After the end of the ANIMPOL project, Riedel and colleagues applied native industrially rendered waste animal lipids without prior conversion to FAME. C. necator DSM 428 and its mutant strain C. necator Re2058/pCB113, which harbored scl/mcl-PHA-synthase genes of Rhodococcus aetherivorans to enable biosynthesis of the copolyester P(3HB-co-3HHx), were used for the experiments. Animal waste fractions of avian, bovine, porcine, and game origin were used to recover the lipids via high-pressure thermolysis. Analysis of the isolated lipids showed that C16:0, C18:0, C18:1 and C18:2 were the predominant fatty acids. These lipids were compared to using tallow and WCO as substrate for cultivation of the bacteria. When cultivated on the different lipids, C. necator DSM 428 (wild type) synthesized PHB homopolyester at high mass fraction (0.79-0.82 g PHB per g CDM). On tallow as sole carbon substrate, the authors obtained a PHB concentration of 24 g/L, and a volumetric productivity for PHB of 0.3 g/(L·h). Dependent on the applied waste stream, 0.49-0.72 g PHA per g CDM were obtained when using the recombinant organism; the molar 3HHx fraction in the copolyester P(3HB-co-3HHx) amounted to 0.16–0.27 mol/mol. The recombinant strain was later cultivated under controlled conditions in a laboratory bioreactor using low-quality animal waste lipids; here, a CDM of 45 g/L containing 0.6 g/g P(3HB-co-3HHx), a volumetric productivity for the copolyester of 0.4 g/(L·h), and a final 3HHx fraction in the polyester of 0.19 mol/mol were obtained (99). Calculating with a conversion yield of 0.6 to 0.7 g PHA per g lipid (triacylglycerides), a theoretical quantity of about 3 x 105 t PHA could be produced per year using the 5 x 105 t of animal-based waste-lipids available in the EU (see Fig. 5).
Based on the ANIMPOL results from the experiments described above, Kettl et al. published a preliminary process design for PHA production based on slaughterhouse waste, encompassing transesterification of waste lipids and use of the SFAE fraction as carbon source. In this process scheme, the conversion of slaughtering waste from poultry, cattle, and pigs was considered, moreover, hydrolysis of waste materials prior to extraction to obtain higher lipid yields was taken into account. The authors also propose the utilization of hydrolyzed MBM as an inexpensive nitrogen substrate (100). This strategy of using MBM for thriving PHA-producing microbes was successfully demonstrated before for PHA production by Hfx. mediterranei (39). Later, Titz et al. carried out further optimization of the ANIMPOL process design regarding the material- and energy streams and system boundaries (91). Special emphasize was dedicated to optimized acidic hydrolysis of the waste materials. For the first time, the use of hydrolyzed innards as nitrogen source for microbial growth was proposed. By applying Cleaner Production principles proposed by Schnitzer and Ulgiati (101), the process design was optimized towards minimizing generation of waste stream and energy loss. Moreover, the authors carried out a LCA study for environmental process evaluation (91).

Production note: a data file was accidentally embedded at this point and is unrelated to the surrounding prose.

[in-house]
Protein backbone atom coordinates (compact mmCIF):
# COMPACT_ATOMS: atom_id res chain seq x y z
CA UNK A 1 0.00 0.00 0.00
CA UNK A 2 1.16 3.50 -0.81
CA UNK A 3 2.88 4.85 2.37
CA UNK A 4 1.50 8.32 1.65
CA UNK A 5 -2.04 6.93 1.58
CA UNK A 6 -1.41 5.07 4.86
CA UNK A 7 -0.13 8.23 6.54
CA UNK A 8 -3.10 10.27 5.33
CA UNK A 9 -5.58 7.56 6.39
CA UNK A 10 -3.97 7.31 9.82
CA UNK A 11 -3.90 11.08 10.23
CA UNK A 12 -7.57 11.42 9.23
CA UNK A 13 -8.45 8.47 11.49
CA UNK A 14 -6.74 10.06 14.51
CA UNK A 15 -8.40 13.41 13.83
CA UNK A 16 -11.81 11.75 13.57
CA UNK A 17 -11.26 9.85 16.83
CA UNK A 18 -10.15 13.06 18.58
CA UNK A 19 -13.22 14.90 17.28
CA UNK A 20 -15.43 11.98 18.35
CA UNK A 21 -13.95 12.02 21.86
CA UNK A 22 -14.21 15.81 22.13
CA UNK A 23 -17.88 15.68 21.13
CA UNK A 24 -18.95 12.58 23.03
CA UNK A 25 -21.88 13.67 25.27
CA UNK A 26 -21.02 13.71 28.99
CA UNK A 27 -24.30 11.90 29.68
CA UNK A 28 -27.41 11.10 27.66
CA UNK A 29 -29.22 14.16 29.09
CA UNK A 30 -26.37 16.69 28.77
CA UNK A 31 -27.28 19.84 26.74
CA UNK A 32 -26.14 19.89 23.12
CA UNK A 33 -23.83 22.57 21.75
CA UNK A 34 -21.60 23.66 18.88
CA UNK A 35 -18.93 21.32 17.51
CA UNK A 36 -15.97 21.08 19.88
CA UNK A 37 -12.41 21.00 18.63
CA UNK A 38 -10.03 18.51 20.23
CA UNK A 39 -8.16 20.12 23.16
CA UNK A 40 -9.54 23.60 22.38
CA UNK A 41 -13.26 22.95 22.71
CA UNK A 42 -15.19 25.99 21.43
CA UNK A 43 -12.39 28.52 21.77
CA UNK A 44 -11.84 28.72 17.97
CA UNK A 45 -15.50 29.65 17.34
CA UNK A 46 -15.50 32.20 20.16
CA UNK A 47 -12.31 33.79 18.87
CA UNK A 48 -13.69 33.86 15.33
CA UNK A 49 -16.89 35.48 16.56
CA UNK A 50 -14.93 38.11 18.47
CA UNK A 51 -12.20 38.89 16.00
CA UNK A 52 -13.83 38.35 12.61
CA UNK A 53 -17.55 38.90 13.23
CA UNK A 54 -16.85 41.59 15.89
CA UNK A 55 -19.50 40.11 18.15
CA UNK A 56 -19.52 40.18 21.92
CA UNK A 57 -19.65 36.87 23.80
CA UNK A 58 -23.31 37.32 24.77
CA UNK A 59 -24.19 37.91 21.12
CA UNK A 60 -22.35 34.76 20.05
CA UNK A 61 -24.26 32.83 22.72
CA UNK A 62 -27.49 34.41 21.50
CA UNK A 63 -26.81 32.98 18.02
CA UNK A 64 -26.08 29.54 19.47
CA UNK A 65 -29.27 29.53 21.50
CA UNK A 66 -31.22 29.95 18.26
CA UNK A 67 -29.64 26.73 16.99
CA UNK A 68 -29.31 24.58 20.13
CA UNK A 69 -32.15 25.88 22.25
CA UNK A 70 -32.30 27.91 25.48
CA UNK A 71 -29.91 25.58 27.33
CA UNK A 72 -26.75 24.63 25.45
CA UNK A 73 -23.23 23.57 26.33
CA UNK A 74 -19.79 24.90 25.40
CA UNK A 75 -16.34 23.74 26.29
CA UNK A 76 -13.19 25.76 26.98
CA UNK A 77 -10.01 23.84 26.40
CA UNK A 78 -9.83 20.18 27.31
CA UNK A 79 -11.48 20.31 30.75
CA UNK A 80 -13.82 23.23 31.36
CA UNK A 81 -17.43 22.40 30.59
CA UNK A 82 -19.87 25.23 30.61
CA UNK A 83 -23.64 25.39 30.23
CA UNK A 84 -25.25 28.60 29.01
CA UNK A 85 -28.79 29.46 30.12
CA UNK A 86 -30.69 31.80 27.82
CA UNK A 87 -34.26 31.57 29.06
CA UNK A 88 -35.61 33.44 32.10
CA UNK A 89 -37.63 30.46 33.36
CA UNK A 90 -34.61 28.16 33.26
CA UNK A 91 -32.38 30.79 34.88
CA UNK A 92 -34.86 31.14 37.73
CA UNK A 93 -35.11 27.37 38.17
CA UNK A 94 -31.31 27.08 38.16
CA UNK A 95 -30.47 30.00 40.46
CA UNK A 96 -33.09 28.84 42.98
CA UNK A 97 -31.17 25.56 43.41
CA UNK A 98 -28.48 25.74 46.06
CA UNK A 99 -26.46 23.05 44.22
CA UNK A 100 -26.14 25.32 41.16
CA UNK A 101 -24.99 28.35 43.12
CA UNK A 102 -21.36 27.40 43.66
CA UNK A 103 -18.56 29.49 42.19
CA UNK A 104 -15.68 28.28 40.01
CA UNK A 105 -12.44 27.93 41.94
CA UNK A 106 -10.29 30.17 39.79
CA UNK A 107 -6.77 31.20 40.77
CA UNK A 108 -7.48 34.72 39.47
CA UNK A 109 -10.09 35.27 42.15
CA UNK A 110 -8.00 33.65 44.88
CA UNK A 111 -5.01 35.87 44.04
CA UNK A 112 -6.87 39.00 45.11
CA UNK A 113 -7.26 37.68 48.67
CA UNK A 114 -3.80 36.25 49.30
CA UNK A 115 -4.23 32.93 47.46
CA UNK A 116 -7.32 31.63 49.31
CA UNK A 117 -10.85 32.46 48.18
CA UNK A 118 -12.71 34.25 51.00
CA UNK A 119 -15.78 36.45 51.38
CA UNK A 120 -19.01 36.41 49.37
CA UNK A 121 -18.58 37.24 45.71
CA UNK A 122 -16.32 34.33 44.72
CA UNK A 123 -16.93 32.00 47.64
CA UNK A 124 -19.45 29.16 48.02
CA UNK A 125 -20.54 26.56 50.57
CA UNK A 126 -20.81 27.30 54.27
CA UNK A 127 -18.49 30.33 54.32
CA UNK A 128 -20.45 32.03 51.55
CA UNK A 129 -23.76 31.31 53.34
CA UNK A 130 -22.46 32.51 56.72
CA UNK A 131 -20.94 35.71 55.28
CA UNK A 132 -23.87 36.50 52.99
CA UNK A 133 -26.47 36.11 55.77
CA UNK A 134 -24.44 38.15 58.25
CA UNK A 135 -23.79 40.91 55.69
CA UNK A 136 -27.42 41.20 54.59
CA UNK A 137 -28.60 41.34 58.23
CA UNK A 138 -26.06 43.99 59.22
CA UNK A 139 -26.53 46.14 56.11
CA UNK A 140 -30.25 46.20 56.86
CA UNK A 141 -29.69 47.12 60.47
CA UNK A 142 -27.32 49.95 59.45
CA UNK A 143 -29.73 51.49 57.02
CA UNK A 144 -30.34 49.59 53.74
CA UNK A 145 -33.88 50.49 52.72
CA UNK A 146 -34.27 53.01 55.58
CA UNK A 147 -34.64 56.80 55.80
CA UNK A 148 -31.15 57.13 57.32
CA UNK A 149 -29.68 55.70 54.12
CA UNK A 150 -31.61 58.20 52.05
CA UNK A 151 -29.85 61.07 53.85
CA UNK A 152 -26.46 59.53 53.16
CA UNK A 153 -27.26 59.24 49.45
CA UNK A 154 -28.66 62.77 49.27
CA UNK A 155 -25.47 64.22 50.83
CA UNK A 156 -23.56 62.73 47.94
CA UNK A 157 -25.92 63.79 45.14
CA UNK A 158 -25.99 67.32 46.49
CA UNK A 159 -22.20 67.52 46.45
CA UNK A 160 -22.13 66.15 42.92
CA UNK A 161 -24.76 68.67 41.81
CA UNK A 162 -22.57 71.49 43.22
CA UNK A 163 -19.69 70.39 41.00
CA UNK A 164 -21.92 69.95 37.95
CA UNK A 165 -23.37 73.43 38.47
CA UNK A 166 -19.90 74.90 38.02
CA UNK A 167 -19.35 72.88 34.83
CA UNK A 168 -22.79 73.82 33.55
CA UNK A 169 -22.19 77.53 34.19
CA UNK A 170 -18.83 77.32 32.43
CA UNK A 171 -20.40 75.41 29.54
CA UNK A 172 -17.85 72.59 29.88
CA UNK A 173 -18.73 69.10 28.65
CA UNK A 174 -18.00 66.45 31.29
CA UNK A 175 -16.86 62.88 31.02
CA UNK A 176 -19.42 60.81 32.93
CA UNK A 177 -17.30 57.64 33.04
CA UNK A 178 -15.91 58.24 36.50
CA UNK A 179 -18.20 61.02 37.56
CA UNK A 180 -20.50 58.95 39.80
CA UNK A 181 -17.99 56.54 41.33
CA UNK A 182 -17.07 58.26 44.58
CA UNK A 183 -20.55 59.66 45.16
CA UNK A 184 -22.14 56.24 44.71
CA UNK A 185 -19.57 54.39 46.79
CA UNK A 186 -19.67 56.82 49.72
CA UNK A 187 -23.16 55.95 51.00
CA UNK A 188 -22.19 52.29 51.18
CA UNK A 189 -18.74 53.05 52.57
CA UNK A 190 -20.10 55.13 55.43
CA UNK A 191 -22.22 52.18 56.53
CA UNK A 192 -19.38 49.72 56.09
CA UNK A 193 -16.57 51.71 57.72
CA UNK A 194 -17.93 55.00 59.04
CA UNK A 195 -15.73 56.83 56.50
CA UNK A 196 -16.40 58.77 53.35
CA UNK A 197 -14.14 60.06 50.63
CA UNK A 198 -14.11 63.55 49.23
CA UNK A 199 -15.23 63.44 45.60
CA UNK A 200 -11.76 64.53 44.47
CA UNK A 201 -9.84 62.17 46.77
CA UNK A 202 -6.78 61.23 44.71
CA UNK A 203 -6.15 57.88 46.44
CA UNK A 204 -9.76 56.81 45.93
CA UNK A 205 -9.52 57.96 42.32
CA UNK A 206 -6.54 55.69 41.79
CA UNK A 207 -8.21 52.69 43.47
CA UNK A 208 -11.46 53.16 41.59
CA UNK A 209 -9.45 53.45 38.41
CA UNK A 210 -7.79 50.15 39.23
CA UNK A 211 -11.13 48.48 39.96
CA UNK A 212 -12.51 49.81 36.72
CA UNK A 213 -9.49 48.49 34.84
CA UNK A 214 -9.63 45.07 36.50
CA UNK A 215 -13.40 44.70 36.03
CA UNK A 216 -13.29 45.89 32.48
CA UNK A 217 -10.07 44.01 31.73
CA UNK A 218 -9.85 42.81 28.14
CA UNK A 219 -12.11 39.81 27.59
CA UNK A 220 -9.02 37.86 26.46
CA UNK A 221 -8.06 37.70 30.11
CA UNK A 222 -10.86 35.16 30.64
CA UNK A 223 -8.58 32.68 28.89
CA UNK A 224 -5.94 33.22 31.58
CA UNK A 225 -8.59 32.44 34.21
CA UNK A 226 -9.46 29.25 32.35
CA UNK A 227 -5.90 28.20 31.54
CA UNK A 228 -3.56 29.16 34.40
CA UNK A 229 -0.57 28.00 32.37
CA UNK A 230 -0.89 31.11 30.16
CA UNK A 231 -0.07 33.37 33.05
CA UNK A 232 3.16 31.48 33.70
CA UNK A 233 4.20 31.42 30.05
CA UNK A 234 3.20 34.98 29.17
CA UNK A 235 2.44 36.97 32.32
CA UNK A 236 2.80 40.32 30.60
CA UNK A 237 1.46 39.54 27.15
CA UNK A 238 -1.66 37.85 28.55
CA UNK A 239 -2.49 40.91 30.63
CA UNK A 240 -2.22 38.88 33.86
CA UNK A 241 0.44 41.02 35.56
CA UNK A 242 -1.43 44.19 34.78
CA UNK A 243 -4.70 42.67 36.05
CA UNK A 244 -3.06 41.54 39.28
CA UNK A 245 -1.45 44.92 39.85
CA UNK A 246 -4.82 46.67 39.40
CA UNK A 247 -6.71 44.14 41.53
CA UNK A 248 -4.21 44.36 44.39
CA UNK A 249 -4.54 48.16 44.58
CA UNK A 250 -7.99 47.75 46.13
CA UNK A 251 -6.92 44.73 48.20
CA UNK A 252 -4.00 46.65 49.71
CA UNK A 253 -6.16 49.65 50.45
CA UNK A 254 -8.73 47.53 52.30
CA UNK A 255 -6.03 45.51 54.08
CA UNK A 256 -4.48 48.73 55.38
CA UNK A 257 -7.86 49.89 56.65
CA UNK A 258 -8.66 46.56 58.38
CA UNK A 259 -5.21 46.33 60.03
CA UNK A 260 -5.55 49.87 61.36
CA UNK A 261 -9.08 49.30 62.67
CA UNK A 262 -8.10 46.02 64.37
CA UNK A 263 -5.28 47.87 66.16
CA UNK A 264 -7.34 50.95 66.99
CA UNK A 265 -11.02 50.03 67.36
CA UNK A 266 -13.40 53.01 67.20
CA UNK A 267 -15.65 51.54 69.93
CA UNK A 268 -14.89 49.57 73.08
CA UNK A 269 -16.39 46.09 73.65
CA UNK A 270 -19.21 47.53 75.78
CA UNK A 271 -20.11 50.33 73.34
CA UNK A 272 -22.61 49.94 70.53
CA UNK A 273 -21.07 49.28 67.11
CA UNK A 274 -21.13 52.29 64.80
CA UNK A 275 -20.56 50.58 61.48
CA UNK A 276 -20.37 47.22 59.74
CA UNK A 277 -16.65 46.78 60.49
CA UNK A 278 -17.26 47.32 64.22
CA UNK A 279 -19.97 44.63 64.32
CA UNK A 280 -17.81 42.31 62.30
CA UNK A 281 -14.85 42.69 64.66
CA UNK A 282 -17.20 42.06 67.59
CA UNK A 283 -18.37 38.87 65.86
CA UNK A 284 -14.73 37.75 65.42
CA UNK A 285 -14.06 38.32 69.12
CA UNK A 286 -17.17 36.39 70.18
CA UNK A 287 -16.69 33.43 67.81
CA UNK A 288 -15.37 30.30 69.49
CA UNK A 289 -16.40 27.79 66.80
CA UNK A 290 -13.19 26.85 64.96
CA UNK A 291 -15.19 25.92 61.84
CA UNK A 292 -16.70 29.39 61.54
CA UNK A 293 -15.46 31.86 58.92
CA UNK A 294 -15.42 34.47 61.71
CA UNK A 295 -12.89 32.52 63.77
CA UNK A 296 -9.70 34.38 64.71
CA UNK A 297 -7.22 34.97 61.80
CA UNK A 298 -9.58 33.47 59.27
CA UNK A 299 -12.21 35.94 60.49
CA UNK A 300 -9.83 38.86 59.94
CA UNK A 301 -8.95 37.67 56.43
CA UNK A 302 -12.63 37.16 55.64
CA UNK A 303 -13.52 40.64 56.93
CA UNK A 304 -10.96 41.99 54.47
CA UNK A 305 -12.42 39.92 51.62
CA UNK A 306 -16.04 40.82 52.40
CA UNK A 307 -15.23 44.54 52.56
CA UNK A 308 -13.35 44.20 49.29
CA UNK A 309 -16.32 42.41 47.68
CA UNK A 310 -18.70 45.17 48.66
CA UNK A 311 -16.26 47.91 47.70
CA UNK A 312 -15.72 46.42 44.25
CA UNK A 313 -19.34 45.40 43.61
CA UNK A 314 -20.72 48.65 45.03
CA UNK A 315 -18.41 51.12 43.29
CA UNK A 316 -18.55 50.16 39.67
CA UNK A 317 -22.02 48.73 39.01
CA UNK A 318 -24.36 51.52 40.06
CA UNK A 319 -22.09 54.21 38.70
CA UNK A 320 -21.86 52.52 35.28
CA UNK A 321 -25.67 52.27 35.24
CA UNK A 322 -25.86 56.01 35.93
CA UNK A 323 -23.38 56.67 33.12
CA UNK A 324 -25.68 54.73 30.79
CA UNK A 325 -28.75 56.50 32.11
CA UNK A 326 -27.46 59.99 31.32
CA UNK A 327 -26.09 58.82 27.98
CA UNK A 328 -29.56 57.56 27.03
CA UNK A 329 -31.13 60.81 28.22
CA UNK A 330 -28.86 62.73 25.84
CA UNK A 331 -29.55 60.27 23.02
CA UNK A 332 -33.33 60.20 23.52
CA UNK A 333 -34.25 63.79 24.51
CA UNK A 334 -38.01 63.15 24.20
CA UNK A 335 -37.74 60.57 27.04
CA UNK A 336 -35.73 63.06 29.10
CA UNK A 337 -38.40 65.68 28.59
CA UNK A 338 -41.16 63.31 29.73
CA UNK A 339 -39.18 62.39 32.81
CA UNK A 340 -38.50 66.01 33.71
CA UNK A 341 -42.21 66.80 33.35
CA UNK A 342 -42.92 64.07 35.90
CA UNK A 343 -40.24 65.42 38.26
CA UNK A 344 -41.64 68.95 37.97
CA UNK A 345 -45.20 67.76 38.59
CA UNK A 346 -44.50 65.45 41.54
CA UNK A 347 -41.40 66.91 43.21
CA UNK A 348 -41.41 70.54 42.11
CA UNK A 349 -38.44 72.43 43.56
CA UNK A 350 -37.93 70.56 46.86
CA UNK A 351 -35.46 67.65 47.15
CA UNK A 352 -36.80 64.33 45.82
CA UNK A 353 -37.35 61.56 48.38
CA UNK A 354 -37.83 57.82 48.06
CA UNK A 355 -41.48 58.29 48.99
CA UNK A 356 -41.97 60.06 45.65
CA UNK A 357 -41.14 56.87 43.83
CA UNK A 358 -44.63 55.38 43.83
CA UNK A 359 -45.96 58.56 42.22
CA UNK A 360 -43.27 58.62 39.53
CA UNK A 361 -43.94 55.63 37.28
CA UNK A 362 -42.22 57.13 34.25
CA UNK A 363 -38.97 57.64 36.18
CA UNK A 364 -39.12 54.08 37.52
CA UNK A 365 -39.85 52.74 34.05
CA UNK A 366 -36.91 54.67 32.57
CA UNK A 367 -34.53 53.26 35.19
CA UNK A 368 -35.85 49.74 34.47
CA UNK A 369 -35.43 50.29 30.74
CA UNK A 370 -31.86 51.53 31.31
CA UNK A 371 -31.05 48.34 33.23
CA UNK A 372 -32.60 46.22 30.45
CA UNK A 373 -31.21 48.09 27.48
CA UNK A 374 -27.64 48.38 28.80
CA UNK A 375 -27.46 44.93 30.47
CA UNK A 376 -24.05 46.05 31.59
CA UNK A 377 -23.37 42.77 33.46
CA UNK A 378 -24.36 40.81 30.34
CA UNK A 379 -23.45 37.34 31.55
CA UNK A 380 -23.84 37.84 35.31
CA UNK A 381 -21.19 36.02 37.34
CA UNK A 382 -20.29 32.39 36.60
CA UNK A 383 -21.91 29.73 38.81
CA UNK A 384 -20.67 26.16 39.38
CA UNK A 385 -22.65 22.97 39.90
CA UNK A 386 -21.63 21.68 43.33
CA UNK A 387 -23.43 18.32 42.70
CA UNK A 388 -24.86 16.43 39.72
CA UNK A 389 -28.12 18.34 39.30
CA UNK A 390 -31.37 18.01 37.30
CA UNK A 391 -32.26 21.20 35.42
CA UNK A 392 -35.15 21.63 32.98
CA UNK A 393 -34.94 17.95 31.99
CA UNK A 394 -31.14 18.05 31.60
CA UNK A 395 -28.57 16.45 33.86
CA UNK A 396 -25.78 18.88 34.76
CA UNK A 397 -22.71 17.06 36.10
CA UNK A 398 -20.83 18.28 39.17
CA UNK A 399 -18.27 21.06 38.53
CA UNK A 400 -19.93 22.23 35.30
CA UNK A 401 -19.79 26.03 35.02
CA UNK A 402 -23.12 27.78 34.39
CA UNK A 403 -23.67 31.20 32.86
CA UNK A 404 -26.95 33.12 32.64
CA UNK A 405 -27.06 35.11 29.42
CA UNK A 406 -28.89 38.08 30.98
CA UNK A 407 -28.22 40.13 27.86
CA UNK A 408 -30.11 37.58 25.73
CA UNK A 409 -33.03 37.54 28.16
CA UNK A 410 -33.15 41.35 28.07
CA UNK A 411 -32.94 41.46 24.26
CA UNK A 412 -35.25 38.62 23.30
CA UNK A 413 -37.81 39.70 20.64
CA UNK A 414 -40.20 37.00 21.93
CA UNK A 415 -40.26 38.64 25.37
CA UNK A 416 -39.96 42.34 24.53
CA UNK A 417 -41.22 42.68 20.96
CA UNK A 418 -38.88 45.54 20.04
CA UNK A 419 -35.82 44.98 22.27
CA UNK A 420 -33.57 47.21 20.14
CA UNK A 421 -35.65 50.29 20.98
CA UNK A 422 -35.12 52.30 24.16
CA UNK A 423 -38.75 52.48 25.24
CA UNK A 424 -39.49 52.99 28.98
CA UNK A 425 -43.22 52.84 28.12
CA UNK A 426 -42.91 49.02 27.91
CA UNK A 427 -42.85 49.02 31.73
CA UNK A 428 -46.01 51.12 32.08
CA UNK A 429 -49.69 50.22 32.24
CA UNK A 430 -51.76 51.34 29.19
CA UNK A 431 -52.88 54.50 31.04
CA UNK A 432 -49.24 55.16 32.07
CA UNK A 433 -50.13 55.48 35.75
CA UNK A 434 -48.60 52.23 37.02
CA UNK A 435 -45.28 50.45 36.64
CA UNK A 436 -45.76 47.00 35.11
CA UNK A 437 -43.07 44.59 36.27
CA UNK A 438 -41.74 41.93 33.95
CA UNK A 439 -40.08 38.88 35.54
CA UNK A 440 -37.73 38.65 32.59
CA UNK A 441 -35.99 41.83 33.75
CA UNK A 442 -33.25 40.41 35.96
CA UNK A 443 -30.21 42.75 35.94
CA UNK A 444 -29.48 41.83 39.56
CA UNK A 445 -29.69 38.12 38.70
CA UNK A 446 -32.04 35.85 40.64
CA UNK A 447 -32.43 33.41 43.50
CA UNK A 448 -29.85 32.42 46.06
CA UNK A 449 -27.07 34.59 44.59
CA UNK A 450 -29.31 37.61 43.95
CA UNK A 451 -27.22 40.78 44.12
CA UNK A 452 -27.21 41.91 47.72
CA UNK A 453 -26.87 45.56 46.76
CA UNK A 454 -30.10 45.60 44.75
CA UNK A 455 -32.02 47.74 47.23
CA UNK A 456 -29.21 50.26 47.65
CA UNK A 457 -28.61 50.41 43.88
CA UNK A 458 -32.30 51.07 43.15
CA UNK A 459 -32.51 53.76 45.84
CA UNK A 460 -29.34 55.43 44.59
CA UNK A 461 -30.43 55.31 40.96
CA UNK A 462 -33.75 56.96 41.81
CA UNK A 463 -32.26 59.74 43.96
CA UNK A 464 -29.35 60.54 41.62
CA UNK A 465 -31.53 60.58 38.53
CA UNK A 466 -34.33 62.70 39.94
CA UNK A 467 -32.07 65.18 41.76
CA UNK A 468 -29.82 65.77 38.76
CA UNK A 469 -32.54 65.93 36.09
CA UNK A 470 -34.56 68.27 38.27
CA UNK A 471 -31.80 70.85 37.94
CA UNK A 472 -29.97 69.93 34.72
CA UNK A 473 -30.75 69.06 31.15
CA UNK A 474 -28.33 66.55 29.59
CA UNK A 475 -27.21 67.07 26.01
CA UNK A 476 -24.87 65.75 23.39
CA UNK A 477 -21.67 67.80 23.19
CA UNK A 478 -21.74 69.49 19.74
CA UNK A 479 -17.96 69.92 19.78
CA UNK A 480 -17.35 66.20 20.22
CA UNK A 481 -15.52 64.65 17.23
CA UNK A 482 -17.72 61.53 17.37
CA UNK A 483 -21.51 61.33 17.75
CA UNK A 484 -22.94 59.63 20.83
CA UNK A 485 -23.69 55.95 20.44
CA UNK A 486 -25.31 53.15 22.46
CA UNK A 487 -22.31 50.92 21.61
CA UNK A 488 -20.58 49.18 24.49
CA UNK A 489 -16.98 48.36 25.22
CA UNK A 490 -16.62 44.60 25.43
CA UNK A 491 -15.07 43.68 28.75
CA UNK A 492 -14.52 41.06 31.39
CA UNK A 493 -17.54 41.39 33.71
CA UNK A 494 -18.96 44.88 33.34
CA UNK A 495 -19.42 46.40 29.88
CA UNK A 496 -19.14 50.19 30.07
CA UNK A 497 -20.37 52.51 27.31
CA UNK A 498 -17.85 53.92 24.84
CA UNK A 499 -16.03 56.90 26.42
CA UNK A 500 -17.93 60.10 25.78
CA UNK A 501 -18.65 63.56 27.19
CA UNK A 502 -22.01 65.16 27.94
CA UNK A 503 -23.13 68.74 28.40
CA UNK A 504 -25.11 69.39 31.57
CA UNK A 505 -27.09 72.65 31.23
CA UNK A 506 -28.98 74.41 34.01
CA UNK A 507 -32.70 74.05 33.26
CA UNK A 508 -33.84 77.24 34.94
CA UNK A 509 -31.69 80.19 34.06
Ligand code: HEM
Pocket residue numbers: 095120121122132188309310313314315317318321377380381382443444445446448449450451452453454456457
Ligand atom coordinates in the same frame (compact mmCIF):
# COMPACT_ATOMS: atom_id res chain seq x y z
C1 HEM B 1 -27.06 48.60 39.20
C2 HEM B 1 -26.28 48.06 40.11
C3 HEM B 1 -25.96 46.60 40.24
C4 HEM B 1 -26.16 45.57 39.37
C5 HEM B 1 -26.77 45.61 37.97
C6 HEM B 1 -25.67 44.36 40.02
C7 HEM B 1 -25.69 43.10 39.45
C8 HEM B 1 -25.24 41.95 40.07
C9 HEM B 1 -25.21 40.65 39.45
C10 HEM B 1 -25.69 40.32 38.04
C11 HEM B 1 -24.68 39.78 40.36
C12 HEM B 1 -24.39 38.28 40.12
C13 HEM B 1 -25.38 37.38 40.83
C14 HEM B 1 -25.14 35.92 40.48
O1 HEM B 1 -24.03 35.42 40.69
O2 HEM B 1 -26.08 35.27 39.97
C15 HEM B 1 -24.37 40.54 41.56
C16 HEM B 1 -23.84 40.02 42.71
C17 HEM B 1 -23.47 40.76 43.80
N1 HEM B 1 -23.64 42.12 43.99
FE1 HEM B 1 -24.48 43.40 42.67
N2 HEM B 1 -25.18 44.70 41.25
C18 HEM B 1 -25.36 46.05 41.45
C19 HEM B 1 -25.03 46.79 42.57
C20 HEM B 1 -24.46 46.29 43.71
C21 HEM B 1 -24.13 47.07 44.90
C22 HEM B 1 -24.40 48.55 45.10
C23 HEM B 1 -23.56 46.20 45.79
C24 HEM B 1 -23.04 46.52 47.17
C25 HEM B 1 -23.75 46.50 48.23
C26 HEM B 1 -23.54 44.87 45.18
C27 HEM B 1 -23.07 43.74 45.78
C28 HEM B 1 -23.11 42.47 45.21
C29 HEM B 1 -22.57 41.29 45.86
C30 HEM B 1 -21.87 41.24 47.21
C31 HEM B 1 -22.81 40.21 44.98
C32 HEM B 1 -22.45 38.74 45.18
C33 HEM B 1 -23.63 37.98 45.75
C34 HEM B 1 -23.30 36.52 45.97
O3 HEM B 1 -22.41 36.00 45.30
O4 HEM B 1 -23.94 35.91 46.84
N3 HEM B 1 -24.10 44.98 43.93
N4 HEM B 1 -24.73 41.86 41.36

Shahzad and colleagues accomplished a more detailed environmental assessment of PHA manufacturing starting from slaughterhouse waste as raw material, again based on elaborated ANIMPOL data. These authors compared, among other aspects, the influence of using diverse energy sources, which, in turn depends on the usual energy mix applied in different regions; this was used to evaluate the impact of the location of a projected PHA production plant on economic viability and process sustainability. The energy supply aspect is crucial since the rendering process used industrially for lipid recovery from the waste streams displays an exceedingly energy-consuming step; consequently, the energy mix (fossil, renewable, nuclear) prevailing in different global regions massively dictates the ecological footprint of the ANIMPOL-based PHA-production process resorting to animal residues. As a general suggestion, the authors concluded that transport routes for raw materials to the PHA production plant have to be as short as possible in order to achieve the highest possible profitability. As the most decisive result of the study, the authors identified a range of ecological footprint, expressed as surface area needed to produce one t PHA, between 373,000 m2for the production plant being located in Norway (more than 90 % of energy produced by hydropower) and 956,000 m2 for a plant operated in France (high share of nuclear energy in the usual energy mix); these footprint values are significantly lower than previously published results assessing the environmental impact of PE, which amounts to about 2.500,000 m2(92).
Later, Narodoslawsky and colleagues studied different other factors that influence the environmental impact of the ANIMPOL process and other biorefinery-like PHA production processes resorting to inexpensive substrates. Inter alia, co-substrate supplementation, downstream processing for PHA separation from cells, etc., were considered. Modern tools to calculate the ecological footprint of biopolymers were applied in this study, such as the well-established sustainable process index (SPI). As major conclusion, the authors underline that PHA- or biopolymer production in general is not per se of higher sustainability than production of traditional full-carbon-backbone polymers from fossil resources; however, it was emphasized that PHA production can become ecologically superior, provided that all process steps (selection and pre-treatment of raw materials, bioengineering, downstream processing, energy source, closing of material-, water-, and energy cycles) are taken into account and optimized (102).